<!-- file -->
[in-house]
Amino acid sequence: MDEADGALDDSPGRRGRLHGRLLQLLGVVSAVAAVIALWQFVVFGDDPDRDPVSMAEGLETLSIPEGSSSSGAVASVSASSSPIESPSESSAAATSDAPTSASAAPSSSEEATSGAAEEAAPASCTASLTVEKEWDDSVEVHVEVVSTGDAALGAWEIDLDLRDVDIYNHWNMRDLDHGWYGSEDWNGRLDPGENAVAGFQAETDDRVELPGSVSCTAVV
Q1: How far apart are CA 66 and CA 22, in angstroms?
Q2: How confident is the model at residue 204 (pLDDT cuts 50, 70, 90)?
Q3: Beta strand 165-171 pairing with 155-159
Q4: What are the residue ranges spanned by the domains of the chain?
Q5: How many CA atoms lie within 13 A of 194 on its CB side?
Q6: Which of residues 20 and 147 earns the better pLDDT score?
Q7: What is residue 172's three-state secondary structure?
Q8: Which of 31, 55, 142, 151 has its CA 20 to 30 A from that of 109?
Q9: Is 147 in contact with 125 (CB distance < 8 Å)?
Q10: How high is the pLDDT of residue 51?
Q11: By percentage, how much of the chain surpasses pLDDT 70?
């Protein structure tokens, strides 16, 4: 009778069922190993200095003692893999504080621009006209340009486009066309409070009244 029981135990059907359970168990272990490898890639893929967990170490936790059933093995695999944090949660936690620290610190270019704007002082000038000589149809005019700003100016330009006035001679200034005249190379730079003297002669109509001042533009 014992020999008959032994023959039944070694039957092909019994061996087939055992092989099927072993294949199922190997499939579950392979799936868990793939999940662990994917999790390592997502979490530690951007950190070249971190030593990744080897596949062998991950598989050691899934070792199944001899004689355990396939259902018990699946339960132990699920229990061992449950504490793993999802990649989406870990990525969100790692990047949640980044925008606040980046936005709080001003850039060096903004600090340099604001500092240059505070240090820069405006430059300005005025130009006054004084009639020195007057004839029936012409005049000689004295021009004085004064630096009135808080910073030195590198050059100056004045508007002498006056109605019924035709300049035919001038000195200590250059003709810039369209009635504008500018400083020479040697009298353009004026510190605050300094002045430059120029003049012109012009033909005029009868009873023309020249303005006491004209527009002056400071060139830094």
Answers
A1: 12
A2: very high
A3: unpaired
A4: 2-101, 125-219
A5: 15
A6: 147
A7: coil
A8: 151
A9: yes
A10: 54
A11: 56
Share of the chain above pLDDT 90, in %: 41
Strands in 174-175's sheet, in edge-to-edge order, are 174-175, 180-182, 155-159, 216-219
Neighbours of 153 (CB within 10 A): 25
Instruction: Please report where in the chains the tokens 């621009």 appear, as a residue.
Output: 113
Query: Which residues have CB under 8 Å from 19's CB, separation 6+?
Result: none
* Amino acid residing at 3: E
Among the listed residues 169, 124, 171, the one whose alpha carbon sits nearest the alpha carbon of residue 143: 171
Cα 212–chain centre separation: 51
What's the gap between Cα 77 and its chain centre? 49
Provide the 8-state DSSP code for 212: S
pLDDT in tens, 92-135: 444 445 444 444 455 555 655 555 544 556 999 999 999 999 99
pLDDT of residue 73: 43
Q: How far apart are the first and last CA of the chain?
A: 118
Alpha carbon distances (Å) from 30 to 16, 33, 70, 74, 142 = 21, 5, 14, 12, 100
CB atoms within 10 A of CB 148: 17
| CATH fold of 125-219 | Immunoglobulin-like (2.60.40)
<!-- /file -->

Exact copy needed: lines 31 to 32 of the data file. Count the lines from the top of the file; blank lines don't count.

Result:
Output: 113
Query: Which residues have CB under 8 Å from 19's CB, separation 6+?